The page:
He kept his head down as he watched her. He noticed how hurried her actions were. He noticed that she too kept her head down as she scurried from vegetable bin to refrigerator bin picking out the right vegetables and fruits to feed her family. He smiled inwardly. That had not changed. She always put everything and more importantly, everyone, before herself. Another reason, one she admitted to him numerous times, that "they" couldn't be together. Her son came running back, this time with an overpriced magazine. He demanded that he could not live without it. She sweetly told him that this time he would not be able to get it. The boy was livid at her response and began to berate her. He watched her take the magazine from the son that looked so much like his father and put it into the buggy. This of course pleased the boy and he skipped off to certainly find another "must-have". He watched her shoulders droop, he saw her mark a few more items off her shopping list and head out of the produce section.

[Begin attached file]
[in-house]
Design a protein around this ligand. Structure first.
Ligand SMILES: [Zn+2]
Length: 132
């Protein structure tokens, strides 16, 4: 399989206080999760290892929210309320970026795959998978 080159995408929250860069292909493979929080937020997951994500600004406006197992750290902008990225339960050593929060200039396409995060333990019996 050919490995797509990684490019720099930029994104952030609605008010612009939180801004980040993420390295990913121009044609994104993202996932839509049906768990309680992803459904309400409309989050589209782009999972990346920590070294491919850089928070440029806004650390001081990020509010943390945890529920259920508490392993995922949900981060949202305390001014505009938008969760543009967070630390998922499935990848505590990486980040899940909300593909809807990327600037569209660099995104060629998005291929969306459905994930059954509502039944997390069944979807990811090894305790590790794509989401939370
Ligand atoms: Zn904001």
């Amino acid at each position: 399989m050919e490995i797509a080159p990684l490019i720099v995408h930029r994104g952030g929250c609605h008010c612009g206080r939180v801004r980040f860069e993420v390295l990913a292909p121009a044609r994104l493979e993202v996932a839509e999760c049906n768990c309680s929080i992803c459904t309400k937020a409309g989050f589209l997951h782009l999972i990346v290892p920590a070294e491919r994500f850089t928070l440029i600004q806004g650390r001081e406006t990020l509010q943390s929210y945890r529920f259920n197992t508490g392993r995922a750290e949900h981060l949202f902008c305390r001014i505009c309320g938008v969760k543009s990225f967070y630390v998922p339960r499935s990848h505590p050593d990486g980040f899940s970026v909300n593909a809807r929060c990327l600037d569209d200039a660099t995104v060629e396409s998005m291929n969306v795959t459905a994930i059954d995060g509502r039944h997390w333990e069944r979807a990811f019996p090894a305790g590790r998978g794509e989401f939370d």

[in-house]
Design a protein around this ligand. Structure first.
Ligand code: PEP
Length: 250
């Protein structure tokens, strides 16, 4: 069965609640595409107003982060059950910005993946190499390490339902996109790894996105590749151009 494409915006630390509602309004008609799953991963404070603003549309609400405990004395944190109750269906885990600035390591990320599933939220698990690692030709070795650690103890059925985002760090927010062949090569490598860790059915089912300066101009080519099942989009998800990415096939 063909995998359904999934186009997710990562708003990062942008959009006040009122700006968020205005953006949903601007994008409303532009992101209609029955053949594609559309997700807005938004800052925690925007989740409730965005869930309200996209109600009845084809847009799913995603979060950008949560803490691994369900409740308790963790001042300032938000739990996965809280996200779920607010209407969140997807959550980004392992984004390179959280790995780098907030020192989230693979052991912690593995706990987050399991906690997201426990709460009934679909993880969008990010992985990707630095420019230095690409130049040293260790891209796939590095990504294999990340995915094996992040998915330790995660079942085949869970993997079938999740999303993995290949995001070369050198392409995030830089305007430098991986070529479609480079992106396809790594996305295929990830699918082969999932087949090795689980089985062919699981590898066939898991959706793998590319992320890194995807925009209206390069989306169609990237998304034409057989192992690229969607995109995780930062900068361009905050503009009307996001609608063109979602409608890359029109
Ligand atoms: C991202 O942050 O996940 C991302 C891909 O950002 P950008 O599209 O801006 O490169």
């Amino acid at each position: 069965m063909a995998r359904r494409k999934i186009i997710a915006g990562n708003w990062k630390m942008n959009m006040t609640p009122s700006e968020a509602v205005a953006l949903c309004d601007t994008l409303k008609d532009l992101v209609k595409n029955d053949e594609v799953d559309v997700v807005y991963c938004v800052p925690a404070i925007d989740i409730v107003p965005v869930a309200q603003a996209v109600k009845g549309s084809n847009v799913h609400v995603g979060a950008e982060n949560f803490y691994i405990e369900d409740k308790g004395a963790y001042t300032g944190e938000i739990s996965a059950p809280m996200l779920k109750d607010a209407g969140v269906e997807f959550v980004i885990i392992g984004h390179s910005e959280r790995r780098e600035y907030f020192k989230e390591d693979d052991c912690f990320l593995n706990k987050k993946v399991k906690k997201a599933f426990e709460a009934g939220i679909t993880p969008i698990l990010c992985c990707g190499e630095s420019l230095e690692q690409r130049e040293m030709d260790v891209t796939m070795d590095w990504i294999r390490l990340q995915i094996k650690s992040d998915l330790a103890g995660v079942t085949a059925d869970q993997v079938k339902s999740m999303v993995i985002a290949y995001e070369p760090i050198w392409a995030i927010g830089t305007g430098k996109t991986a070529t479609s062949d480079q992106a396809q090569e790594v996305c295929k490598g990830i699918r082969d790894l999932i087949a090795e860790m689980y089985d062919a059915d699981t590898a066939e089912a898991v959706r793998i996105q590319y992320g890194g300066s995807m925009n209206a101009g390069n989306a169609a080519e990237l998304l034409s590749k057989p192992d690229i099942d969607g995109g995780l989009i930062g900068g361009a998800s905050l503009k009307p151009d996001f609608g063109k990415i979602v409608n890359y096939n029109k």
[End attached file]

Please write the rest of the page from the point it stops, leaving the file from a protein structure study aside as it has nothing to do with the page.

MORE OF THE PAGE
She wheeled the cart, head down, toward the laundry isle.